Abinader instructs ministers to assist the population; 24 provinces on alert
President Abinader led the meeting with ministers.
Santo Domingo, DR
President Luis Abinader instructed all security agencies to be alert and in position now, given the proximity of a tropical system that would pass through the national territory today.
This was announced by the administrative minister of the Presidency, José Ignacio Paliza, after the president led a meeting with his cabinet at the National Palace. They took measures to face the phenomenon and reviewed the country’s current situation. Abinader emphasized that the institutions that make up the Emergency Operations Center (COE), among which are the Economic Canteens, the Social Plan of the Presidency, Public Health, Civil Defense, Red Cross, Public Works, and others, should be positioned to face any eventuality that may arise.
He informed that the President convened for next Saturday, a government council in the province of Peravia. Then, on Sunday, he will make a tour of Puerto Plata and other provinces.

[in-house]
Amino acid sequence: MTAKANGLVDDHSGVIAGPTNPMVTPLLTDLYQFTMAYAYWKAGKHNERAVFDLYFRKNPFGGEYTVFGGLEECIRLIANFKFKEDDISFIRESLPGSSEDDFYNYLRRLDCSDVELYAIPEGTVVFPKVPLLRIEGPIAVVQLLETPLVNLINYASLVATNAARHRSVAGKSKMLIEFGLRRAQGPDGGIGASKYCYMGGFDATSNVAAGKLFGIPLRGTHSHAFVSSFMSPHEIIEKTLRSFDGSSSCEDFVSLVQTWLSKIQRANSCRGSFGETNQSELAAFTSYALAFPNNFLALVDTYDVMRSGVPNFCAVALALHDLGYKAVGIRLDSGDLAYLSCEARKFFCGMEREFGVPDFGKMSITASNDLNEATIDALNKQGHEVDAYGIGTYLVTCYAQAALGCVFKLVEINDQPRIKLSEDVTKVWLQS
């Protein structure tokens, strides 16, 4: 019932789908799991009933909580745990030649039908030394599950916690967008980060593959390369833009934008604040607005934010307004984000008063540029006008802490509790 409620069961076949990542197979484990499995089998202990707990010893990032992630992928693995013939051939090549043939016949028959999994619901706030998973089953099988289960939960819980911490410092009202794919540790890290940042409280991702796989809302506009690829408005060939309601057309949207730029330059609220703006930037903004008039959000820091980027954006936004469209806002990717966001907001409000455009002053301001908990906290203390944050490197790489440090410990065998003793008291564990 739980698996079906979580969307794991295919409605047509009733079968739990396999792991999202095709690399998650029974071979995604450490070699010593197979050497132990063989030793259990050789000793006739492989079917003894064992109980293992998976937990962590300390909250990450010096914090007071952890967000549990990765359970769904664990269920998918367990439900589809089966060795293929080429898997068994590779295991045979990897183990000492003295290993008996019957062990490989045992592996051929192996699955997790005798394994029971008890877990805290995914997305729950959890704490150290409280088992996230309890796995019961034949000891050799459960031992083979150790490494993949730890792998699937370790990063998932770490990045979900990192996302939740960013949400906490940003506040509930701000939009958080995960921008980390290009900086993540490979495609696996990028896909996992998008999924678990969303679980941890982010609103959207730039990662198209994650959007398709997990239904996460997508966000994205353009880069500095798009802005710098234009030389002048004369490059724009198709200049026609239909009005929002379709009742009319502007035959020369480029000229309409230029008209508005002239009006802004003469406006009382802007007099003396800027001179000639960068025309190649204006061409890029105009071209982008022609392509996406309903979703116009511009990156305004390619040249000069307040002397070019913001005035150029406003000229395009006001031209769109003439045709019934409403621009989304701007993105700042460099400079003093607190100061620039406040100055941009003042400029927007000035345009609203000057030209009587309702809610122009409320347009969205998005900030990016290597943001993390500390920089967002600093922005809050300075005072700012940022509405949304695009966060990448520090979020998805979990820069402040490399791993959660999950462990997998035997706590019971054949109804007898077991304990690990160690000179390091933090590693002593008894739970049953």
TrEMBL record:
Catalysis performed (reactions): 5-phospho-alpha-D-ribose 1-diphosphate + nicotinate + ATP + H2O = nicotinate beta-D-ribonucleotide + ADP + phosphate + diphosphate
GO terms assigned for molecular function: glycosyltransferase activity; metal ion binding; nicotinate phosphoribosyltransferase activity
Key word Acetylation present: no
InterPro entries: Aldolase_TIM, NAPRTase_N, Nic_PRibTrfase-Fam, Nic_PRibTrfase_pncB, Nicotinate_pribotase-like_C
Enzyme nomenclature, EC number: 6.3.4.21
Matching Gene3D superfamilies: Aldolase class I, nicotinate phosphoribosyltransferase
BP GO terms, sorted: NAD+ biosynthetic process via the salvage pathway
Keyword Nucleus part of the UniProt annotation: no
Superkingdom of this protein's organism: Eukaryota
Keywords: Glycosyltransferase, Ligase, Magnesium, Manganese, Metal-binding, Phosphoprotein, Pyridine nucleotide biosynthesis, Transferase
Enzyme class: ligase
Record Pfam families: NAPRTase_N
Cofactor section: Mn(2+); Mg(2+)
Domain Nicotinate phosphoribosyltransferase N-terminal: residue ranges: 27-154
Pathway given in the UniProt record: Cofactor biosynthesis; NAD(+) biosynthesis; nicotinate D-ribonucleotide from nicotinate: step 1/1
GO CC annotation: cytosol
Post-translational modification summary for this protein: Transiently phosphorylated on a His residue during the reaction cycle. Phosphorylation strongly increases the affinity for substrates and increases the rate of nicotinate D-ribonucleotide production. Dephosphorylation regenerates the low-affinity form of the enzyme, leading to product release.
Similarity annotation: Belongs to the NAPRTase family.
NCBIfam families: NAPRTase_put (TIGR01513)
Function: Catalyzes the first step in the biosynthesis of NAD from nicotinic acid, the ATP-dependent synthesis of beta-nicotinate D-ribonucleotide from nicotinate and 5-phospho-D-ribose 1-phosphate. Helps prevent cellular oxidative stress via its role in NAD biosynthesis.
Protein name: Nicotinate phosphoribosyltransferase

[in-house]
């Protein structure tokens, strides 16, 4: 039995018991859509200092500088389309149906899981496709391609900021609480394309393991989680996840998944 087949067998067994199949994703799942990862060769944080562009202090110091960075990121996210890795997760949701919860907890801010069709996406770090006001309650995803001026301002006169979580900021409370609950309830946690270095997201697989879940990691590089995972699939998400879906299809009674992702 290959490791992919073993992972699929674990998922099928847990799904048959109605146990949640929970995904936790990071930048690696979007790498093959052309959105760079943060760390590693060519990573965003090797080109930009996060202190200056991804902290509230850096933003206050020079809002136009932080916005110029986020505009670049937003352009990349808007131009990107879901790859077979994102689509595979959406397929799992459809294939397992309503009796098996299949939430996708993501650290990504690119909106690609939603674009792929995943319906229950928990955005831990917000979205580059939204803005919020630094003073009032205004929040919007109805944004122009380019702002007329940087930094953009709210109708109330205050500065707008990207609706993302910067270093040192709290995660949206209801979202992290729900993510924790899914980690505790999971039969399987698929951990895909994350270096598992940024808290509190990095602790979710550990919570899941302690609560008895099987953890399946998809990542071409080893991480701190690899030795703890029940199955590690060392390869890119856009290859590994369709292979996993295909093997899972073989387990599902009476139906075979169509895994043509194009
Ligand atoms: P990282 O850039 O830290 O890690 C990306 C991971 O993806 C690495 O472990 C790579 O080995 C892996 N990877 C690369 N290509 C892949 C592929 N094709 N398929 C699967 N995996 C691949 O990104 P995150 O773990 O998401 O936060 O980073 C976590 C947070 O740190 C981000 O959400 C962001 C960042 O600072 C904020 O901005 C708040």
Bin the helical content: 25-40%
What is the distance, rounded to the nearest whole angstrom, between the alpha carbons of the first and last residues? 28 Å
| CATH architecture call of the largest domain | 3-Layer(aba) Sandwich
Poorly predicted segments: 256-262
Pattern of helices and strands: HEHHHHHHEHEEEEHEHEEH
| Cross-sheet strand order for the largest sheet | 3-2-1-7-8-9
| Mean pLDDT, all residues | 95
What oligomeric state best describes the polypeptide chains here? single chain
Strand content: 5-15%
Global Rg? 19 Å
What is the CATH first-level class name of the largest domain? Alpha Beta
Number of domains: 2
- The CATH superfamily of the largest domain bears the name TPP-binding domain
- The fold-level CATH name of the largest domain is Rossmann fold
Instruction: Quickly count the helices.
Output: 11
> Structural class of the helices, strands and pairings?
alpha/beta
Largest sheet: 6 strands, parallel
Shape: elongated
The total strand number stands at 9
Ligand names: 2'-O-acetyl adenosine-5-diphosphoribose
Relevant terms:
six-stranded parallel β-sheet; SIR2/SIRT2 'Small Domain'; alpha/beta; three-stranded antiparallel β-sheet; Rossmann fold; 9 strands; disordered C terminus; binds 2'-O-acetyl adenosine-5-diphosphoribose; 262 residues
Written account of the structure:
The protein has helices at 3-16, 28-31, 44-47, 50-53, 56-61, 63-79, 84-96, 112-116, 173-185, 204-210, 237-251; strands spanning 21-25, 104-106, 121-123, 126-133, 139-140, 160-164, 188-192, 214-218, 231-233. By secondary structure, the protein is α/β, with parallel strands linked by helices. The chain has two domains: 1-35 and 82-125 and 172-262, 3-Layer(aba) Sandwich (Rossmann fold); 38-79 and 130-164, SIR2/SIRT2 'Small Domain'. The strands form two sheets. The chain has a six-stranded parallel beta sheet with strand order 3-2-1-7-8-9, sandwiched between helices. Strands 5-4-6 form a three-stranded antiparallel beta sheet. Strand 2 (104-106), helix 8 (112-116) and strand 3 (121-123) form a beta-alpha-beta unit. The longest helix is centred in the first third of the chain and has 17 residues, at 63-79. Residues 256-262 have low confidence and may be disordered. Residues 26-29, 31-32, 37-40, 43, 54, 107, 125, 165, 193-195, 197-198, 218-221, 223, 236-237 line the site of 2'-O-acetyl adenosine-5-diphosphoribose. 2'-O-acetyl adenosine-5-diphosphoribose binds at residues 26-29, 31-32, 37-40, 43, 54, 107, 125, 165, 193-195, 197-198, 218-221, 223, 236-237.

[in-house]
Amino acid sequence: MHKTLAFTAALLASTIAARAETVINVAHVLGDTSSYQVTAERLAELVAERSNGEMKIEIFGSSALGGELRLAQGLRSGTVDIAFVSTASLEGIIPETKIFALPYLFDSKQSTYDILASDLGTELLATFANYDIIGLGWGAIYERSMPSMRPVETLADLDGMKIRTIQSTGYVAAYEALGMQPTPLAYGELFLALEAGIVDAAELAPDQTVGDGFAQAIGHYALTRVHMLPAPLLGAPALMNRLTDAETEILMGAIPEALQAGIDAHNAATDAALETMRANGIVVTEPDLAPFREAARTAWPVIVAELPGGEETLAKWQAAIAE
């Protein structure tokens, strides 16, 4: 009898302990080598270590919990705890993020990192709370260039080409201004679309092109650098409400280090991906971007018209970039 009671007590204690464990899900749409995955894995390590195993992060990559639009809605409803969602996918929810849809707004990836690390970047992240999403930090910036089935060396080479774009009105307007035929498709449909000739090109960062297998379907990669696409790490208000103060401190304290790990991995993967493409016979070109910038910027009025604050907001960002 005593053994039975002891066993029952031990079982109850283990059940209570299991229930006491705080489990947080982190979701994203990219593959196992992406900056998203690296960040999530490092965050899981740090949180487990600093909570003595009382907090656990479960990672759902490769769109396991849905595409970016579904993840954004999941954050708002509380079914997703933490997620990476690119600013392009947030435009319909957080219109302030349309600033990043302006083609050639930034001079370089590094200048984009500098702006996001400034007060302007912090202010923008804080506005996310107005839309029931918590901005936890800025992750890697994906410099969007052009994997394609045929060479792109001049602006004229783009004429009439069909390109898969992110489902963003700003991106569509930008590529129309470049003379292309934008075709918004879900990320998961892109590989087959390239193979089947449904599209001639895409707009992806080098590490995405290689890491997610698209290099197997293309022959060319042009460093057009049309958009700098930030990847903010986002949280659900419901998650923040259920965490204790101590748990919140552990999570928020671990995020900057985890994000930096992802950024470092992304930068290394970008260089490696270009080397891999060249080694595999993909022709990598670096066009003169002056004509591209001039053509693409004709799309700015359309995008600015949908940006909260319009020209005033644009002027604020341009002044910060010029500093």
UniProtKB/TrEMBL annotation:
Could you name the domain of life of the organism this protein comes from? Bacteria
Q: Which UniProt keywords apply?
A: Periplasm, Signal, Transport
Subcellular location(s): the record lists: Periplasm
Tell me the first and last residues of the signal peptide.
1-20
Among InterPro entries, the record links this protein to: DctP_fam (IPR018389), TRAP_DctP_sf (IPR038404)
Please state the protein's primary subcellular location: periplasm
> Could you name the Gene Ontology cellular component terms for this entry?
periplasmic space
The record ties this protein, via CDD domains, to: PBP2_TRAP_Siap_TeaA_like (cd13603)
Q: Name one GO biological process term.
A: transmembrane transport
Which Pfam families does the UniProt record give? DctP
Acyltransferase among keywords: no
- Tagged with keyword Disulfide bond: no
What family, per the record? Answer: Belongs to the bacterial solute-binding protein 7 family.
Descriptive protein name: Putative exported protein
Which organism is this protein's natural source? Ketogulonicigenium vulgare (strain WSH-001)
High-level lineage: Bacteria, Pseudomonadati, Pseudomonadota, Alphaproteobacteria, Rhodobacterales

Provinces on alert
The COE increased to 23 provinces under alert, of which eight are in red, eight in yellow and seven in green, as a preventive measure against floods. On red alert are La Altagracia, La Romana, Santo Domingo, San Pedro de Macorís, El Seibo, San Cristóbal, Monseñor Nouel and San José de Ocoa.
He added that the provinces of Duarte, Samaná, Monte Plata, Puerto Plata, Puerto Plata, Espaillat, La Vega, Sánchez Ramírez, Hato Mayor and María Trinidad Sánchez are on yellow alert.
Meanwhile, Santiago, Montecristi, Santiago Rodríguez, Hermanas Mirabal, Dajabón, Peravia and Valverde are under yellow alert.
The National Meteorological Office reported that the phenomenon moves west/northwest at about 28 kilometers per hour, with maximum sustained winds of 55 kilometers per hour and a minimum central pressure of 1012 millibars.
ONAMET warned that whether it forms or not, significant rains will be felt in the national territory, especially in the eastern, northeastern, and Central Cordillera regions and greater Santo Domingo.
It is estimated that up to 200 millimeters of rain are likely to fall in some areas of the country due to the effects of the tropical system that advances from open waters in the eastern Caribbean.